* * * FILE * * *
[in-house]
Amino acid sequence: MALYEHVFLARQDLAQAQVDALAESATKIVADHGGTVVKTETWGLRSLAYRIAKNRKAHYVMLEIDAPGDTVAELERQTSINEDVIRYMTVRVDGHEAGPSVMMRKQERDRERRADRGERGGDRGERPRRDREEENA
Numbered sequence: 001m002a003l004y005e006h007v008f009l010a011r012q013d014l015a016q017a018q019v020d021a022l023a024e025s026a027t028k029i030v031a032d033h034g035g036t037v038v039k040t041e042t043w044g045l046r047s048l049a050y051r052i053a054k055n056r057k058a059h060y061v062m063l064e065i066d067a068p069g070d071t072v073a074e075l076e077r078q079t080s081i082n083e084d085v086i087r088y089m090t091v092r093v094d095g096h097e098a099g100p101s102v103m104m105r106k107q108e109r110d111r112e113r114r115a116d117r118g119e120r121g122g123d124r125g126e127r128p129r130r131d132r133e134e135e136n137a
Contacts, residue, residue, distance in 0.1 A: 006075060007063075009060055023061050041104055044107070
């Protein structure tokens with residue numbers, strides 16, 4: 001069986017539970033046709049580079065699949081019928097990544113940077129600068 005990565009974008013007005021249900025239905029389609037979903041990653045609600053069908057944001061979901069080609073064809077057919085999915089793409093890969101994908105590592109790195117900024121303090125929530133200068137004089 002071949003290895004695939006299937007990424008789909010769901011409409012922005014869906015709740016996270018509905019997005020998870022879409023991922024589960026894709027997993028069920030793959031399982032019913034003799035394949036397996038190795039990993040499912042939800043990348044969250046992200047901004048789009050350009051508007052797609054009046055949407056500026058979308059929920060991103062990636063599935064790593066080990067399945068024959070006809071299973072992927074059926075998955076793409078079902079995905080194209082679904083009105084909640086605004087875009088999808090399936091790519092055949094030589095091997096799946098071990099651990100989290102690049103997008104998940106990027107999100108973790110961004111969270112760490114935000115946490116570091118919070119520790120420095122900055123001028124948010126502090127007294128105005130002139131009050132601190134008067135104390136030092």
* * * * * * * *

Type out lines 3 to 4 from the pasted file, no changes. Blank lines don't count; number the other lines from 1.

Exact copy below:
Numbered sequence: 001m002a003l004y005e006h007v008f009l010a011r012q013d014l015a016q017a018q019v020d021a022l023a024e025s026a027t028k029i030v031a032d033h034g035g036t037v038v039k040t041e042t043w044g045l046r047s048l049a050y051r052i053a054k055n056r057k058a059h060y061v062m063l064e065i066d067a068p069g070d071t072v073a074e075l076e077r078q079t080s081i082n083e084d085v086i087r088y089m090t091v092r093v094d095g096h097e098a099g100p101s102v103m104m105r106k107q108e109r110d111r112e113r114r115a116d117r118g119e120r121g122g123d124r125g126e127r128p129r130r131d132r133e134e135e136n137a
Contacts, residue, residue, distance in 0.1 A: 006075060007063075009060055023061050041104055044107070